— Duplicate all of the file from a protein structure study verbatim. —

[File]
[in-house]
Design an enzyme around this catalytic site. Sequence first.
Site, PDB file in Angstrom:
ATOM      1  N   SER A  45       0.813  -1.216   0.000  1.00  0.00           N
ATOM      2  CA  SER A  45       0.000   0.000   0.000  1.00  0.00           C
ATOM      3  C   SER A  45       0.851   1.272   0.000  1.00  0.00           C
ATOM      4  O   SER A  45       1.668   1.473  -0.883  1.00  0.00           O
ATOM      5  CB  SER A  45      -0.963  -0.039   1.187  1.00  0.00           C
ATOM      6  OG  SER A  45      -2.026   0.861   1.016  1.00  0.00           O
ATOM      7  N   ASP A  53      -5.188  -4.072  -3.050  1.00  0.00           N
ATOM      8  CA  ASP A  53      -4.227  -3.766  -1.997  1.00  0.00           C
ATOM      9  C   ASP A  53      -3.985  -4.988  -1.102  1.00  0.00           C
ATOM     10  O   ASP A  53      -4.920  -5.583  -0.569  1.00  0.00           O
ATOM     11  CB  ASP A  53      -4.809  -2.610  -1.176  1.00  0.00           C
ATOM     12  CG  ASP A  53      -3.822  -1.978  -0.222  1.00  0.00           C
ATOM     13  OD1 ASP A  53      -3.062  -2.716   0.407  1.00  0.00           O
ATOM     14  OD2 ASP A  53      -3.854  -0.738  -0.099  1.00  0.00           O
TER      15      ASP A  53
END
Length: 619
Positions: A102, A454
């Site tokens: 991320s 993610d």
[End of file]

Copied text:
[in-house]
Design an enzyme around this catalytic site. Sequence first.
Site, PDB file in Angstrom:
ATOM      1  N   SER A  45       0.813  -1.216   0.000  1.00  0.00           N
ATOM      2  CA  SER A  45       0.000   0.000   0.000  1.00  0.00           C
ATOM      3  C   SER A  45       0.851   1.272   0.000  1.00  0.00           C
ATOM      4  O   SER A  45       1.668   1.473  -0.883  1.00  0.00           O
ATOM      5  CB  SER A  45      -0.963  -0.039   1.187  1.00  0.00           C
ATOM      6  OG  SER A  45      -2.026   0.861   1.016  1.00  0.00           O
ATOM      7  N   ASP A  53      -5.188  -4.072  -3.050  1.00  0.00           N
ATOM      8  CA  ASP A  53      -4.227  -3.766  -1.997  1.00  0.00           C
ATOM      9  C   ASP A  53      -3.985  -4.988  -1.102  1.00  0.00           C
ATOM     10  O   ASP A  53      -4.920  -5.583  -0.569  1.00  0.00           O
ATOM     11  CB  ASP A  53      -4.809  -2.610  -1.176  1.00  0.00           C
ATOM     12  CG  ASP A  53      -3.822  -1.978  -0.222  1.00  0.00           C
ATOM     13  OD1 ASP A  53      -3.062  -2.716   0.407  1.00  0.00           O
ATOM     14  OD2 ASP A  53      -3.854  -0.738  -0.099  1.00  0.00           O
TER      15      ASP A  53
END
Length: 619
Positions: A102, A454
């Site tokens: 991320s 993610d």